Beijing at a Glance
Moving to Beijing
Moving to Beijing is probably the first choice for a considerable number of foreigners coming to live in mainland China. On the one hand, this location evidences the wealth of China’s cultural heritage to tourists and expatriates, but it also demonstrates the disadvantages of living and working in a contemporary Chinese mega-city: crowds, traffic congestions, air pollution, the occasional power shortage, and sometimes extreme weather conditions, with sweltering summers, freezing winters, and sandstorms in spring.
Nonetheless, expat life in the capital of the People’s Republic of China can be a fascinating opportunity. Below, you’ll find a few practical tips for moving to Beijing as an expat.
A Short History of Beijing
After being destroyed by Genghis Khan’s Mongolian army, Beijing was rebuilt in the late 13th century under Kublai Khan, and became the capital of the Great Mongolian Empire. The major enhancement in its status resulted in more people moving to Beijing; many came from the country to the city to work, live, and make a new home for themselves and a better life – much like today, though they were to face many more difficulties at such a feudal time. The 13th century was also the time when the travels of Marco Polo captured the European imagination. In his manuscripts, the Italian merchant described how he met the Great Khan himself.
Meanwhile, after the end of the rather short-lived Yuan Dynasty, many wars, and a lot of destruction, the historical city largely became what is recognized as the old town today. The Ming emperors decided to move to Beijing’s Forbidden City, and representatives from other East Asian nations came to Beijing in order to pay tribute to the influential and powerful regime.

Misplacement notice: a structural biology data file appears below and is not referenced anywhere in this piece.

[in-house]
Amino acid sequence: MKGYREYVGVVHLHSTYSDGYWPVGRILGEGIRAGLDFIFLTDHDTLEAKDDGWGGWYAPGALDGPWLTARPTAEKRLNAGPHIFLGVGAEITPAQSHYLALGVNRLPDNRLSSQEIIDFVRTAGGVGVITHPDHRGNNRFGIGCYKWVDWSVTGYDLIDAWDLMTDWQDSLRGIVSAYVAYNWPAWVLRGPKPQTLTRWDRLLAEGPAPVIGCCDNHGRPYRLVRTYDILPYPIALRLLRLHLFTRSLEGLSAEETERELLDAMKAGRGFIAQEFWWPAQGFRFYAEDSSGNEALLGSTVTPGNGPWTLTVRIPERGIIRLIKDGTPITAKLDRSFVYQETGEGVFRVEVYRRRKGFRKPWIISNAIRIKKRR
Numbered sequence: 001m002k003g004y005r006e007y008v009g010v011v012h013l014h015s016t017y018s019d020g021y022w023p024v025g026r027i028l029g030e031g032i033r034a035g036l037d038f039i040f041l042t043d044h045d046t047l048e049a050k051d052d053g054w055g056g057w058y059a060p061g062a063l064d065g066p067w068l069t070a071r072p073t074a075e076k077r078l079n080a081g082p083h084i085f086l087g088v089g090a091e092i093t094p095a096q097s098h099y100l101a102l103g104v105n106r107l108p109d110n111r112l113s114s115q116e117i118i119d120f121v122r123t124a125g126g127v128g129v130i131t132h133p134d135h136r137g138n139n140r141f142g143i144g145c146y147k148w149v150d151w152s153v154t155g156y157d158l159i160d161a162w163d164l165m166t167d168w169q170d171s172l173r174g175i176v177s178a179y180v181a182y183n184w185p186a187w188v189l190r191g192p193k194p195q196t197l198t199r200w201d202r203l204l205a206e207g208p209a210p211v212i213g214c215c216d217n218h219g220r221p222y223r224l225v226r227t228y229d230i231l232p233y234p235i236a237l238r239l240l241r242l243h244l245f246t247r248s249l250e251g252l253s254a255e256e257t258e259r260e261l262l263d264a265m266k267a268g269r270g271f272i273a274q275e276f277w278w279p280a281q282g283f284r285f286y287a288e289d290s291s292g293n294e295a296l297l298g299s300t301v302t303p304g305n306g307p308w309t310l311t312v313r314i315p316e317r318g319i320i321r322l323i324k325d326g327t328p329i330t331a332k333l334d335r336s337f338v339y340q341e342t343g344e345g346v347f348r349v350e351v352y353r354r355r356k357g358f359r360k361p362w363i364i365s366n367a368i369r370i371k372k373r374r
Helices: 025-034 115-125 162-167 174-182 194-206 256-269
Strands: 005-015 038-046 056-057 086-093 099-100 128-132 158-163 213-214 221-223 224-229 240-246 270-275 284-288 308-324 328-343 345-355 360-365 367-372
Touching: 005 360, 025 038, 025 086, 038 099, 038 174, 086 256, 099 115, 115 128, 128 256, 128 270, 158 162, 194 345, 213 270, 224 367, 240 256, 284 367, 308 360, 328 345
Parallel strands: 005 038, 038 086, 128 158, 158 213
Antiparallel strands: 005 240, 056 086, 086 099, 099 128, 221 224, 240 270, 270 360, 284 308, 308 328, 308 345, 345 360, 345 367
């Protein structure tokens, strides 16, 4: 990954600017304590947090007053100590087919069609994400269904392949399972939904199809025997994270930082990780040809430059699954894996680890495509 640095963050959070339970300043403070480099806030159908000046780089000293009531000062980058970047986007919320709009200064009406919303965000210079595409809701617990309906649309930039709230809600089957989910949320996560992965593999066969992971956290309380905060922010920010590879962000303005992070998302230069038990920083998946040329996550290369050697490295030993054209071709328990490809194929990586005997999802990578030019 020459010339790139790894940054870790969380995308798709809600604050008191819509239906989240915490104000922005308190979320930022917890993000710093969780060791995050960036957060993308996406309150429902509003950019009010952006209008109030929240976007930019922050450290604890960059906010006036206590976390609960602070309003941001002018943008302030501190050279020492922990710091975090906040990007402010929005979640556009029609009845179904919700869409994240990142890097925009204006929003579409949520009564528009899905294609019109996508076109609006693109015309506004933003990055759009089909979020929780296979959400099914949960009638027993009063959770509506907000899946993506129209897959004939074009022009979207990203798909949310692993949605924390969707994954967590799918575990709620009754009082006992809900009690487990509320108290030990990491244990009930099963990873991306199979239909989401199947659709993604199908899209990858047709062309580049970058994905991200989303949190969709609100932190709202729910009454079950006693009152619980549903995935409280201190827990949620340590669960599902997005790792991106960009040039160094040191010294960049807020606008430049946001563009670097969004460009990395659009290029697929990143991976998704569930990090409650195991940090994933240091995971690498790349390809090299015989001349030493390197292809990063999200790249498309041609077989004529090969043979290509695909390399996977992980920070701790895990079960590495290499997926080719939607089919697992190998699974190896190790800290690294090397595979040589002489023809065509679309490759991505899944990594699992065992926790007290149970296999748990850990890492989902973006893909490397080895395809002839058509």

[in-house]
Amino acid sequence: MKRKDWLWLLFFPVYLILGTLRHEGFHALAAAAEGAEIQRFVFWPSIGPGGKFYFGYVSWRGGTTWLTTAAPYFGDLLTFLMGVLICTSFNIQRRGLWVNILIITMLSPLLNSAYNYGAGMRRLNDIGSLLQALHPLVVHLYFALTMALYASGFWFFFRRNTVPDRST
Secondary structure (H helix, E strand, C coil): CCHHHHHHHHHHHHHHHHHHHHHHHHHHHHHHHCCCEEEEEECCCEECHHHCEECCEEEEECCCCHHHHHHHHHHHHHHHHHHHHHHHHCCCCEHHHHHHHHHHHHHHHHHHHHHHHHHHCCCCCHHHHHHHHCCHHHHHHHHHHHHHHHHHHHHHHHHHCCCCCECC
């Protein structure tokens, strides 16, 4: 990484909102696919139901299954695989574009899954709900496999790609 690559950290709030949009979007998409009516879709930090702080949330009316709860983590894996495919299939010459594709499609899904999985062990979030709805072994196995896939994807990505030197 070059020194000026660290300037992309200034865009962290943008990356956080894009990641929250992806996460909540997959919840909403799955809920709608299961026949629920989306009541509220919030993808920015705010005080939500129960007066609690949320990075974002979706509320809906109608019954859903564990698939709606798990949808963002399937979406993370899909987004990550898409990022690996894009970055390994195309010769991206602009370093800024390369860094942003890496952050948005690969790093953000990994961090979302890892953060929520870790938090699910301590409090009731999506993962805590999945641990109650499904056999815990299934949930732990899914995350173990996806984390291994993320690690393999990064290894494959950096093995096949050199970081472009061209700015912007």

Several centuries later, during the Second Opium War (1856-1860), Anglo-French forces invaded the city. They forced the imperial government to grant the British, French, Russians, and US-Americans the right to establish a permanent diplomatic presence in the previously closed city of Beijing, as well as opening ports and the Yangtze River to international trade, and allowing foreigners to travel within China. Subsequently, the first diplomatic staff members from Western powers started moving to Beijing.
From the late 19th century until the mid-20th century, war was in the air, and the city went through several of them: a nationalist rebellion, revolutionary upheavals, more invasions by foreign powers, and a full-blown civil war. Eventually, it became the capital of contemporary China in 1949.
Ever since then, migrant workers (míngōng), industrial laborers, employees, government officials, and expats have arrived in Beijing in a seemingly endless stream. At last count in 2014, the metropolitan population stood at approximately 21 million inhabitants.
In Maoist China, living in or even moving to Beijing from abroad was impossible due to the country’s isolationist politics. Even after the beginning of Deng Xiaoping’s more liberal rule, it was mostly expats from diplomatic circles who were moving to Beijing. They had to live in designated foreigners’ quarters. Today, expats come to Beijing for a variety of reasons.
The universities and colleges in Haidian District attract visiting students, guest lecturers, and English as a Foreign Language teachers. Many foreign-invested enterprises and Chinese companies have a branch office with a permanent representative in Beijing, by which they seek to maintain their ties with Chinese government bureaucracy.
The city also has a flourishing “post-industrial” international business climate, so many new expats moving to Beijing work in finance, real estate, or in science and high-tech start-ups. Last but not least, its status as the home of China’s national institutions means that numerous foreign correspondents report about the latest developments in Chinese politics and in the Chinese economy from Beijing.
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